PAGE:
Maybe you could crack my sternum
Emma and Emma @ Tandanya – Firefly
6:30pm, Thu 6 Mar 2014
I’m smitten the instant I walk in the door: two beautiful women dressed in white, in front of a white geometric backdrop, quietly chatting to themselves. I wodge myself between Jane and an elderly gentleman (who quietly dozed through most of the performance) in an optimal seat and prepared to be wowed.
The only problem is that the wows didn’t come.
The beginning of the performance smoothly emerged from the prelude: the two Emmas (Hall and Smith) introduce each other to the audience, prying apart the ways in which they aren’t alike – in fact, they’re quite different, in age as in personality, and I’m left wondering how they came to be working together. Intriguing!
But from there, they bounce from one seemingly unconnected non sequitur to another. The “conversations” between the Emmas were little more then jagged fragments of text, any of which alone could conjure an intriguing response; but when those fragments are rapid-fired at the audience, there’s little opportunity to take stock. It’s overwhelming, but not necessarily in the nonsensically blissful way that one can feel swamped in (say) a Lynch movie.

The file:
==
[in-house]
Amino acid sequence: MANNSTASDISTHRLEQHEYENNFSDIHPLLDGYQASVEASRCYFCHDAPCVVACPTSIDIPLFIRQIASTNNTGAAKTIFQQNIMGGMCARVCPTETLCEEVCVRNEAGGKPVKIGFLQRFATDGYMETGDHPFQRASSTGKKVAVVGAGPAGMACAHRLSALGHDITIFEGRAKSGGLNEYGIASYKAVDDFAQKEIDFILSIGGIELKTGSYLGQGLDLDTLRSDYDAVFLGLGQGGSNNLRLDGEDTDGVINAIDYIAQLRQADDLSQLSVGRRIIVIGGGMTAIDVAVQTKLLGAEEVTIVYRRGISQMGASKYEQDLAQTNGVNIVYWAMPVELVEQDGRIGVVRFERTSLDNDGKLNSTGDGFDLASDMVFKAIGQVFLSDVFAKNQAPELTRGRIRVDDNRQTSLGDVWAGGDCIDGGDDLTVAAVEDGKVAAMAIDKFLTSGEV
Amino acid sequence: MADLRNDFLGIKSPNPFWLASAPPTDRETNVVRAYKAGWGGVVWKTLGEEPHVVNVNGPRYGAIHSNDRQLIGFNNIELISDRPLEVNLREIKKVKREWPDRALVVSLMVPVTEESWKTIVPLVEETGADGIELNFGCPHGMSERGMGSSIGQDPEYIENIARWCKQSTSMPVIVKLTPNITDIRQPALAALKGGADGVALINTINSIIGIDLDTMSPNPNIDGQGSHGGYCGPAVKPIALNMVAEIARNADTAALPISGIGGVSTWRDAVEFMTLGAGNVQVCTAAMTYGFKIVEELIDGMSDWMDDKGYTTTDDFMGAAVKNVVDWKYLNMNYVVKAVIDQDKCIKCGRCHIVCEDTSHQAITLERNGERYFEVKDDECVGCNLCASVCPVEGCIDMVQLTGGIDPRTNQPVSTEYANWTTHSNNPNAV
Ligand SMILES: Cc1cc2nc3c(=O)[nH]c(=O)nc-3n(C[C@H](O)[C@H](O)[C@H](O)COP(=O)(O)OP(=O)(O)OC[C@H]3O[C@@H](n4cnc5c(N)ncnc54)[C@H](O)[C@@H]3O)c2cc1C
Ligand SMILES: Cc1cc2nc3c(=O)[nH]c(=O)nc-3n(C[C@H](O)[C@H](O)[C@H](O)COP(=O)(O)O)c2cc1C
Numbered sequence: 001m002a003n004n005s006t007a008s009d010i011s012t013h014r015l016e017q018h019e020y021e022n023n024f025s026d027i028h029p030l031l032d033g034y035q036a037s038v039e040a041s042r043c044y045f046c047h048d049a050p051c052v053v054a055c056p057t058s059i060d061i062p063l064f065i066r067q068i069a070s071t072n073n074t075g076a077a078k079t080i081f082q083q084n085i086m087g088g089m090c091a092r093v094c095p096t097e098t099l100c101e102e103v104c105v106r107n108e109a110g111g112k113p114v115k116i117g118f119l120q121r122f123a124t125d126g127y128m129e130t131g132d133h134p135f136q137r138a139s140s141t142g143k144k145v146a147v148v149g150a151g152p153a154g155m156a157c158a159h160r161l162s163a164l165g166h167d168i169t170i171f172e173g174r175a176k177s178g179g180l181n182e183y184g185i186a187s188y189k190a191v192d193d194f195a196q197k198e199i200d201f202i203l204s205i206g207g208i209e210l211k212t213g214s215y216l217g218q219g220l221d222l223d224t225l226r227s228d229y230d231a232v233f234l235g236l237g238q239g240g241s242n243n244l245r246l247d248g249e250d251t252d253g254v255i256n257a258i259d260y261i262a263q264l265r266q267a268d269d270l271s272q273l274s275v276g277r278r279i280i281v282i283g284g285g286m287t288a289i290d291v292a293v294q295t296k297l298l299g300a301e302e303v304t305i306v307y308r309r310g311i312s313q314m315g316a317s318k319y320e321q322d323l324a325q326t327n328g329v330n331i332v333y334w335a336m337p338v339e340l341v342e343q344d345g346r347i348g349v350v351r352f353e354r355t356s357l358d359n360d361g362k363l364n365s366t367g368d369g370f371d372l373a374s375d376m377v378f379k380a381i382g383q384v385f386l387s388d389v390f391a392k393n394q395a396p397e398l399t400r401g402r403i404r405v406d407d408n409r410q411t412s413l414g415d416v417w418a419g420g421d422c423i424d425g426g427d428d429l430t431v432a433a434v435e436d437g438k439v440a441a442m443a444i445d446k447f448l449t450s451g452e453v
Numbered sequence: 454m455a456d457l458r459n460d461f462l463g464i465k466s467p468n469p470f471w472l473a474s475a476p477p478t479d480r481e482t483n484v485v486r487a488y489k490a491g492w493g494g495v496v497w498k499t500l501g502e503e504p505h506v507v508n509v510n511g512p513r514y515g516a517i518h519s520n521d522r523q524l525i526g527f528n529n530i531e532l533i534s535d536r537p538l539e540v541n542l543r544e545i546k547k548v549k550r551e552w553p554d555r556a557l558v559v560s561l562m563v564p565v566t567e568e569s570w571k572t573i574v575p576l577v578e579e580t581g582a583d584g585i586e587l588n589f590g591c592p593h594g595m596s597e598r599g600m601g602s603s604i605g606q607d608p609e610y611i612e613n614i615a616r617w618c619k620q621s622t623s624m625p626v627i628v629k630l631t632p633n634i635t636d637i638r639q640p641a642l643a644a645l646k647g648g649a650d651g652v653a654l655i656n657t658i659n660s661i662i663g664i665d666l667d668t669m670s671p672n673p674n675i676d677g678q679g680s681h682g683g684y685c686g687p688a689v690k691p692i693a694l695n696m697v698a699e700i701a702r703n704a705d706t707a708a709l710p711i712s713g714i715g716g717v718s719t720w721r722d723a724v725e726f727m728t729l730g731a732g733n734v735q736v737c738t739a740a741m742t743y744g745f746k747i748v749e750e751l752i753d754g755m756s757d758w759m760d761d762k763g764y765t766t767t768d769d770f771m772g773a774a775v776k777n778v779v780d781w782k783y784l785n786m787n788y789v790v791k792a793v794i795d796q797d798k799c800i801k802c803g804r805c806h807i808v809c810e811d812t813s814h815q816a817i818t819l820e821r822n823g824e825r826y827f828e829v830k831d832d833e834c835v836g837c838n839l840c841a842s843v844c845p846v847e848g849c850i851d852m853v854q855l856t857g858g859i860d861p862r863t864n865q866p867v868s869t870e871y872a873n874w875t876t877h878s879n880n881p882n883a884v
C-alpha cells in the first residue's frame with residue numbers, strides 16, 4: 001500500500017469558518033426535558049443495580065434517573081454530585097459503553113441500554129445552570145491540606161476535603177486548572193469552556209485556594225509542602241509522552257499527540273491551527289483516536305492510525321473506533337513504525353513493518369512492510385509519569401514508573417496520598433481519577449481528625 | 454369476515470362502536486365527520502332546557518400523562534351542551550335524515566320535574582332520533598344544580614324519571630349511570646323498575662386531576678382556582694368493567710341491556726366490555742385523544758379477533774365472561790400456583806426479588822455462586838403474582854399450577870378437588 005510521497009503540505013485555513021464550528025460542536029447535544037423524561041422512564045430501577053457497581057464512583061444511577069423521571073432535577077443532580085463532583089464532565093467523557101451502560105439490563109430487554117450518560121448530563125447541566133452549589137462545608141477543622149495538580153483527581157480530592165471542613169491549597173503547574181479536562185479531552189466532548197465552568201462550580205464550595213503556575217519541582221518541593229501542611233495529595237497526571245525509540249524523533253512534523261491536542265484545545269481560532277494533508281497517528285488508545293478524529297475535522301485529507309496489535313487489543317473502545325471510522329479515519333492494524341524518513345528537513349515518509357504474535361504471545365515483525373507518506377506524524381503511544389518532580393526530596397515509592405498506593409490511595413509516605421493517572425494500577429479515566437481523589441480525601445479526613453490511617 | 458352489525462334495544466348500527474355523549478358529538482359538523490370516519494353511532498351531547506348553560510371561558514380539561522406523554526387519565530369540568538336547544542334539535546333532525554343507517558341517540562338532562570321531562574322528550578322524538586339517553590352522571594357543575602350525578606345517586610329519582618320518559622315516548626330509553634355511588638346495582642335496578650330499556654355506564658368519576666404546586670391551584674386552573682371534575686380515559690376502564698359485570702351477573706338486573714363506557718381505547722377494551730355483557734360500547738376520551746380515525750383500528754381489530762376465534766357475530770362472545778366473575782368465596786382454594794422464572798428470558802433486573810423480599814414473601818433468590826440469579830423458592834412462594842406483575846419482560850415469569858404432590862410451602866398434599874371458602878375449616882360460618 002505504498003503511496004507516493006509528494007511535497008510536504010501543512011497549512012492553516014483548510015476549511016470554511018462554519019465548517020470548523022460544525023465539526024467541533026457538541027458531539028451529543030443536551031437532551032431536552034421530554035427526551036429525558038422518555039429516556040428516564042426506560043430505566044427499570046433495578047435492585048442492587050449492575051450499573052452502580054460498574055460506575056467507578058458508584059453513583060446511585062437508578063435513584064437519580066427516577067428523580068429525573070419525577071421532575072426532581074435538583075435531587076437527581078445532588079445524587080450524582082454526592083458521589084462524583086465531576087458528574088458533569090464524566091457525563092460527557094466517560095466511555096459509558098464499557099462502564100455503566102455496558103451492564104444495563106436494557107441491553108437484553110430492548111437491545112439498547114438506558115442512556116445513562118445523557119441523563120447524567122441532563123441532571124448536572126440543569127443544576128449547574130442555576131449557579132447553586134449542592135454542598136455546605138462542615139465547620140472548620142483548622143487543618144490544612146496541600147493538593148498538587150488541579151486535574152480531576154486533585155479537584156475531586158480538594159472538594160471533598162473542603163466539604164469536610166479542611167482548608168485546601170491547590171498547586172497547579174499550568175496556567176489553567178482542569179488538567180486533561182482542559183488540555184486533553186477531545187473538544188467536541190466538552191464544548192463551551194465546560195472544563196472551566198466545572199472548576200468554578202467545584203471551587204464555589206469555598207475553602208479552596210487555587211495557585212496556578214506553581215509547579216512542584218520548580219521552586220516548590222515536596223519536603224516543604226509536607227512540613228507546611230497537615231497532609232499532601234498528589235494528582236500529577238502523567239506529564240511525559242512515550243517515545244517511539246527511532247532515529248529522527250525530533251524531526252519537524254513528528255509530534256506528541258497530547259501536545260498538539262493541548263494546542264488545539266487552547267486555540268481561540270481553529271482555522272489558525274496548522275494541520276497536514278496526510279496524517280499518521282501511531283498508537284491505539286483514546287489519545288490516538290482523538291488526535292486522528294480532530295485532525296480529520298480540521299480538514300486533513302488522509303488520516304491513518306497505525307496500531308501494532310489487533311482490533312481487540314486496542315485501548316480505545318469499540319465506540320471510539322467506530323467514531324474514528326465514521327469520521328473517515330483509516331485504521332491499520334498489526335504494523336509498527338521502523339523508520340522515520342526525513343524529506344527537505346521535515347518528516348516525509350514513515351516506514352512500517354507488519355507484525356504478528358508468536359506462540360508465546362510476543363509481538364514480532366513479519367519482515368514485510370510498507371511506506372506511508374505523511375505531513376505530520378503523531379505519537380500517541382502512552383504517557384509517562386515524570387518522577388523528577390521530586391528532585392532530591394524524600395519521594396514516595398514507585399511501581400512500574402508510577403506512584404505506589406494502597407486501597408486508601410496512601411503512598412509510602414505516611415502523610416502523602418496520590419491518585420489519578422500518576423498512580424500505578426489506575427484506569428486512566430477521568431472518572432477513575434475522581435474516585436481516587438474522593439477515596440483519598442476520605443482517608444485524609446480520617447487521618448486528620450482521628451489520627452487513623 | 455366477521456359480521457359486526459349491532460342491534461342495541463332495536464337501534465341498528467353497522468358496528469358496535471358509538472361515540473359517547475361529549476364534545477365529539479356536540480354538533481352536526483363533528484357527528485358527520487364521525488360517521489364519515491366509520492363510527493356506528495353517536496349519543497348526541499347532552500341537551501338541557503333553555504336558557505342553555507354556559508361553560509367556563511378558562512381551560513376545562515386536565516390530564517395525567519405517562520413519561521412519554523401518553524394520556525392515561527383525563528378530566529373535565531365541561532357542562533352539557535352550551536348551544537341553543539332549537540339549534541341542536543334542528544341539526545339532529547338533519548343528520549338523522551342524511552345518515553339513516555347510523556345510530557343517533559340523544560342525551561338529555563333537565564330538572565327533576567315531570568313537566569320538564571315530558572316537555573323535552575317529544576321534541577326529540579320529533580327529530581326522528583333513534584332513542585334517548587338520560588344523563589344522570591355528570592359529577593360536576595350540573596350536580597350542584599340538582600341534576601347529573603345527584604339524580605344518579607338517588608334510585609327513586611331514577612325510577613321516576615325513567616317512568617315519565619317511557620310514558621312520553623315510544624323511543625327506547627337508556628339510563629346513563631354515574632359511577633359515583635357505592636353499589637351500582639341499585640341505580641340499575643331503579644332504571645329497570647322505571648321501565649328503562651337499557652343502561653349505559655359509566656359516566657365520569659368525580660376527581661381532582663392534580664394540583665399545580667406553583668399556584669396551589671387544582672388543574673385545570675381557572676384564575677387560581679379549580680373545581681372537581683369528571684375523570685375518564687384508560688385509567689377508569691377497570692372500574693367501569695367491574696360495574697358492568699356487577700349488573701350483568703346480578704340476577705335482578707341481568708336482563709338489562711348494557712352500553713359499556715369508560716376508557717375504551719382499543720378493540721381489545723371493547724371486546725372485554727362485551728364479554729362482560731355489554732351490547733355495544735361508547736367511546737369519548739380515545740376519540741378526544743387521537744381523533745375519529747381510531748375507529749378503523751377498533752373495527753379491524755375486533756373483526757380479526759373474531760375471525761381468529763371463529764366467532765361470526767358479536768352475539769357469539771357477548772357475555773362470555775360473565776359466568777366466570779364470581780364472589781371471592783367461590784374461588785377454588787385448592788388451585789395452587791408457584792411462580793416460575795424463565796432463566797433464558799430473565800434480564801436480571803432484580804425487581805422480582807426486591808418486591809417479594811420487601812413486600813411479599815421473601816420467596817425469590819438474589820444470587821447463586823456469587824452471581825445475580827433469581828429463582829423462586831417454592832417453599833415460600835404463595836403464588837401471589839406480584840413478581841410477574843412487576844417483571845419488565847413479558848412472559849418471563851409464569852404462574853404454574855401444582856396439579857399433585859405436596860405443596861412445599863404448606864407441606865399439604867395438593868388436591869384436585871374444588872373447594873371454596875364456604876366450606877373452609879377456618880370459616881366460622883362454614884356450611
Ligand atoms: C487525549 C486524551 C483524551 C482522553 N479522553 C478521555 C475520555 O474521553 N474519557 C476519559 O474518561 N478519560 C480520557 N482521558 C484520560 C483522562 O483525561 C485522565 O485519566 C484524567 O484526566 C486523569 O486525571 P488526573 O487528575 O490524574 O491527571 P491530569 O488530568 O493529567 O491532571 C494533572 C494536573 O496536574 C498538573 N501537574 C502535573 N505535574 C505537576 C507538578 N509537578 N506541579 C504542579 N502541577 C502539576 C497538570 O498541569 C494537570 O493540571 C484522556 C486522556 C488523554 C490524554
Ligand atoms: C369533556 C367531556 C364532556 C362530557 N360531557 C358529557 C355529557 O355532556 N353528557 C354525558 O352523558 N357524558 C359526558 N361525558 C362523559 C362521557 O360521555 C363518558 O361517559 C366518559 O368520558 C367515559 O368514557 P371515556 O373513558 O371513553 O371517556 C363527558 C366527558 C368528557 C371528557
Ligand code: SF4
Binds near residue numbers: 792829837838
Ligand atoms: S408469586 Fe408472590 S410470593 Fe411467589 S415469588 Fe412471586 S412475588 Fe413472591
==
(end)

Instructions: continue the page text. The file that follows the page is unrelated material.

And I think my lack of engagement with these phrases and proposals was at least somewhat related to my distance from the people onstage. Despite their quirky introductions – and the fact that the Older Emma (Hall?) has ribs like mine – there was no real connection between them and me. No empathy. No reason to chase the meaning of the text.
In the end, their backdrop – a lattice-work of pins and string creating geometric shapes created by Taryn Dudley – actually was of significantly more interest to my brain than trying to figure out where their dialogue was going. And there’s a little bit of shame associated with saying that… but sometimes I’m asked to put in more than I can give. A stream of oddities is all very well and good, but there has to be a reason to care.
— Pete Muller (@festivalfreakAU) March 6, 2014